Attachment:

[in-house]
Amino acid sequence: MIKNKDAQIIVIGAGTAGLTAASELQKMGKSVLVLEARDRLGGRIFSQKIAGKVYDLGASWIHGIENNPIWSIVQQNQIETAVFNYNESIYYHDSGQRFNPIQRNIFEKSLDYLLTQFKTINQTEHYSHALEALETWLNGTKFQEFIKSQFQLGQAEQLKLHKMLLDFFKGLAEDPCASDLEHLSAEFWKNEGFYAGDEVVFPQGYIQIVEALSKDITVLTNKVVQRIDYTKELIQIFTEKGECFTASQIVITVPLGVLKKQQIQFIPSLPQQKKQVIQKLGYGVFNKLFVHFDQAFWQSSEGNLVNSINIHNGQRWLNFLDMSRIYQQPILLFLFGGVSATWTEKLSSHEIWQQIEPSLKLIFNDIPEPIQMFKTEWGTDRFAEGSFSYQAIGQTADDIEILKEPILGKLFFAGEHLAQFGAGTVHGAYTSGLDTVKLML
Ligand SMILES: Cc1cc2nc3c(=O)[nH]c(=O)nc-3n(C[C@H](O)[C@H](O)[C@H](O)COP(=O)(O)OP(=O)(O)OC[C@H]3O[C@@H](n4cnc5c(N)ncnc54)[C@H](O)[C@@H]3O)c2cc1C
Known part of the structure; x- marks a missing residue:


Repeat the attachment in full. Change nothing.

[in-house]
Amino acid sequence: MIKNKDAQIIVIGAGTAGLTAASELQKMGKSVLVLEARDRLGGRIFSQKIAGKVYDLGASWIHGIENNPIWSIVQQNQIETAVFNYNESIYYHDSGQRFNPIQRNIFEKSLDYLLTQFKTINQTEHYSHALEALETWLNGTKFQEFIKSQFQLGQAEQLKLHKMLLDFFKGLAEDPCASDLEHLSAEFWKNEGFYAGDEVVFPQGYIQIVEALSKDITVLTNKVVQRIDYTKELIQIFTEKGECFTASQIVITVPLGVLKKQQIQFIPSLPQQKKQVIQKLGYGVFNKLFVHFDQAFWQSSEGNLVNSINIHNGQRWLNFLDMSRIYQQPILLFLFGGVSATWTEKLSSHEIWQQIEPSLKLIFNDIPEPIQMFKTEWGTDRFAEGSFSYQAIGQTADDIEILKEPILGKLFFAGEHLAQFGAGTVHGAYTSGLDTVKLML
Ligand SMILES: Cc1cc2nc3c(=O)[nH]c(=O)nc-3n(C[C@H](O)[C@H](O)[C@H](O)COP(=O)(O)OP(=O)(O)OC[C@H]3O[C@@H](n4cnc5c(N)ncnc54)[C@H](O)[C@@H]3O)c2cc1C
Known part of the structure; x- marks a missing residue: